A Little Queuing Theory: Notation System Queue Proc server IOC Device • Queuing models A Little Queuing Theory: Notation System Queue Proc server IOC Device • Queuing models assume state of equilibrium: input rate = output rate • Notation: r Tser u Tq Tsys Lq Lsys average number of arriving customers/second average time to service a customer (tradtionally µ = 1/ Tser ) server utilization (0. . 1): u = r x Tser (or u = r / Tser ) average time/customer in queue average time/customer in system: Tsys = Tq + Tser average length of queue: Lq = r x Tq average length of system: Lsys = r x Tsys • Little’s Law: Lengthsystem = rate x Timesystem (Mean number customers = arrival rate x mean service time) JDK. F 98 Slide 28

A Little Queuing Theory System Queue Proc server IOC Device • Service time completions A Little Queuing Theory System Queue Proc server IOC Device • Service time completions vs. waiting time for a busy server: randomly arriving event joins a queue of arbitrary length when server is busy, otherwise serviced immediately – Unlimited length queues key simplification • A single server queue: combination of a servicing facility that accomodates 1 customer at a time (server) + waiting area (queue): together called a system • Server spends a variable amount of time with customers; how do you characterize variability? JDK. F 98 – Distribution of a random variable: histogram? curve? Slide 29

A Little Queuing Theory System Queue Proc server IOC Device • Server spends a A Little Queuing Theory System Queue Proc server IOC Device • Server spends a variable amount of time with customers – Weighted mean m 1 = (f 1 x T 1 + f 2 x T 2 +. . . + fn x Tn)/F (F=f 1 + f 2. . . ) – variance = (f 1 x T 12 + f 2 x T 22 +. . . + fn x Tn 2)/F – m 12 Avg. » Must keep track of unit of measure (100 ms 2 vs. 0. 1 s 2 ) – Squared coefficient of variance: C = variance/m 12 » Unitless measure (100 ms 2 vs. 0. 1 s 2) • Exponential distribution C = 1 : most short relative to average, few others long; 90% < 2. 3 x average, 63% < average • Hypoexponential distribution C < 1 : most close to average, C=0. 5 => 90% < 2. 0 x average, only 57% < average • Hyperexponential distribution C > 1 : further from average C=2. 0 => 90% < 2. 8 x average, 69% < average JDK. F 98 Slide 30

A Little Queuing Theory: Variable Service Time System Queue Proc server IOC Device • A Little Queuing Theory: Variable Service Time System Queue Proc server IOC Device • Server spends a variable amount of time with customers – Weighted mean m 1 = (f 1 x. T 1 + f 2 x. T 2 +. . . + fn. XTn)/F (F=f 1+f 2+. . . ) – Squared coefficient of variance C • Disk response times C 1. 5 (majority seeks < average) • Yet usually pick C = 1. 0 for simplicity • Another useful value is average time must wait for server to complete task: m 1(z) – Not just 1/2 x m 1 because doesn’t capture variance – Can derive m 1(z) = 1/2 x m 1 x (1 + C) – No variance => C= 0 => m 1(z) = 1/2 x m 1 JDK. F 98 Slide 31

A Little Queuing Theory: Average Wait Time • Calculating average wait time in queue A Little Queuing Theory: Average Wait Time • Calculating average wait time in queue Tq – If something at server, it takes to complete on average m 1(z) – Chance server is busy = u; average delay is u x m 1(z) – All customers in line must complete; each avg Tser Tq = u x m 1(z) + Lq x Ts er= 1/2 x u x Tser x (1 + C) + Lq x Ts er Tq = 1/2 x u Tq x (1 – u) Tq = Ts er x x Ts er x (1 + C) + r x Tq x Ts er x (1 + C) + u x Tq = Ts er x u x (1 + C) /2 u x (1 + C) / (2 x (1 – u)) • Notation: r Tser u Tq Lq average number of arriving customers/second average time to service a customer server utilization (0. . 1): u = r x Tser average time/customer in queue average length of queue: Lq= r x Tq JDK. F 98 Slide 32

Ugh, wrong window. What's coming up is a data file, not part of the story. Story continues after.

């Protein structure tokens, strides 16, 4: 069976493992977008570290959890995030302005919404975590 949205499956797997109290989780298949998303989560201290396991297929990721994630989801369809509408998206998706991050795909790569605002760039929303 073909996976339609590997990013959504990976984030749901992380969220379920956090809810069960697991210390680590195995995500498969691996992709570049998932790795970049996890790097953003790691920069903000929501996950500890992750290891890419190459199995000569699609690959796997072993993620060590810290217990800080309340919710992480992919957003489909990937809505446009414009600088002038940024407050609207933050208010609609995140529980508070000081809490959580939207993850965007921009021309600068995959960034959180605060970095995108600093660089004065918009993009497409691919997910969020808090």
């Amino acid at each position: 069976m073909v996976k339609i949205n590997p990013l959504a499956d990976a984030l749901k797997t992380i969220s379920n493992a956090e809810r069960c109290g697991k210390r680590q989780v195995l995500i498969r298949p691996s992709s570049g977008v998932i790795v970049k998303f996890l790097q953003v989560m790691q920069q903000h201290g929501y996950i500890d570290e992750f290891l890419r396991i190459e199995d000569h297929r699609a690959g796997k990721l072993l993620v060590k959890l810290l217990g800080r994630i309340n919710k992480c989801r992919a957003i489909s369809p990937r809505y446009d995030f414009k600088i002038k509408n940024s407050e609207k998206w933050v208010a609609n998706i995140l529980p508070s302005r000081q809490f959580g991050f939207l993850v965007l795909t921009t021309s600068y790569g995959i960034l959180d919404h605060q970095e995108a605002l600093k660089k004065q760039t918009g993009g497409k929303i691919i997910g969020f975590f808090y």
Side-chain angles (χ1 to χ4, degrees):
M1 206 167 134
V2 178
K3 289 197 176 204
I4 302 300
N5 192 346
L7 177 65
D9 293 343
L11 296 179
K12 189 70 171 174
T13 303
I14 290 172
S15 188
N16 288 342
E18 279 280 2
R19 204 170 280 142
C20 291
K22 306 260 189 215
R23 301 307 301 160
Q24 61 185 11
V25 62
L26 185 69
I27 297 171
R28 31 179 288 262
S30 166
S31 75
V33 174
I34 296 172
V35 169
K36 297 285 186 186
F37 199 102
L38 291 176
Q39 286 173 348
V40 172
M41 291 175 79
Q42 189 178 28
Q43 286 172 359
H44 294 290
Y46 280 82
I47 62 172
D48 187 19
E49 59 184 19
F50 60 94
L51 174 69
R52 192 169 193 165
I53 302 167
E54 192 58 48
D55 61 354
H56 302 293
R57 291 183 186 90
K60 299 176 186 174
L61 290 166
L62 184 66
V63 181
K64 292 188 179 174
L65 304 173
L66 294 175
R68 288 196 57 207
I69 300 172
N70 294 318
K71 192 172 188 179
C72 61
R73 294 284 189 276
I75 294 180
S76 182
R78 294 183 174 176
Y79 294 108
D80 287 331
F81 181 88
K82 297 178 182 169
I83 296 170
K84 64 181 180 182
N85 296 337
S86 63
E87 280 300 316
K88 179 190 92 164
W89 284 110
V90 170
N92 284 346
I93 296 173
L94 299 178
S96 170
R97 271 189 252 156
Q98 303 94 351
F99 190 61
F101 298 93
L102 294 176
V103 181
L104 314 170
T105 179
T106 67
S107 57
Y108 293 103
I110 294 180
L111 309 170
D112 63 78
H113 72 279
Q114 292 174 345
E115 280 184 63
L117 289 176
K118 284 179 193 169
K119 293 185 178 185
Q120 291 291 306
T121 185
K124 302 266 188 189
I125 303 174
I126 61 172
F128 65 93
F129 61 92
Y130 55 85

A Little Queuing Theory: M/G/1 and M/M/1 • Assumptions so far: – – – A Little Queuing Theory: M/G/1 and M/M/1 • Assumptions so far: – – – System in equilibrium Time between two successive arrivals in line are random Server can start on next customer immediately after prior finishes No limit to the queue: works First-In-First-Out Afterward, all customers in line must complete; each avg Tser • Described “memoryless” or Markovian request arrival (M for C=1 exponentially random), General service distribution (no restrictions), 1 server: M/G/1 queue • When Service times have C = 1, M/M/1 queue Tq = Tser x u x (1 + C) /(2 x (1 – u)) = Tser x u / (1 – u) Tser u Tq average time to service a customer server utilization (0. . 1): u = r x Tser average time/customer in queue JDK. F 98 Slide 33

A Little Queuing Theory: An Example • processor sends 10 x 8 KB disk A Little Queuing Theory: An Example • processor sends 10 x 8 KB disk I/Os per second, requests & service exponentially distrib. , avg. disk service = 20 ms • On average, how utilized is the disk? – What is the number of requests in the queue? – What is the average time spent in the queue? – What is the average response time for a disk request? • Notation: r Tser u Tq Tsys Lq Lsys average number of arriving customers/second = 10 average time to service a customer = 20 ms (0. 02 s) server utilization (0. . 1): u = r x Tser= 10/s x. 02 s = 0. 2 average time/customer in queue = Tser x u / (1 – u) = 20 x 0. 2/(1 -0. 2) = 20 x 0. 25 = 5 ms (0. 005 s) average time/customer in system: Tsys =Tq +Tser= 25 ms average length of queue: Lq= r x Tq = 10/s x. 005 s = 0. 05 requests in queue JDK. F 98 average # tasks in system: Lsys = r x Tsys = 10/s x. 025 s = 0. 2534 Slide

A Little Queuing Theory: Another Example • processor sends 20 x 8 KB disk A Little Queuing Theory: Another Example • processor sends 20 x 8 KB disk I/Os per sec, requests & service exponentially distrib. , avg. disk service = 12 ms • On average, how utilized is the disk? – What is the number of requests in the queue? – What is the average time a spent in the queue? – What is the average response time for a disk request? • Notation: r Tser u Tq Tsys Lq Lsys average number of arriving customers/second= 20 average time to service a customer= 12 ms server utilization (0. . 1): u = r x Tser= 20/s x. 012 s = 0. 24 average time/customer in queue = Ts er x u / (1 – u) = 12 x 0. 24/(1 -0. 24) = 12 x 0. 32 = 3. 8 ms average time/customer in system: Tsys =Tq +Tser= 15. 8 ms average length of queue: Lq= r x Tq = 20/s x. 0038 s = 0. 076 requests in queue JDK. F 98 average # tasks in system : Lsys = r x Tsys = 20/s x. 016 s = Slide 35 0. 32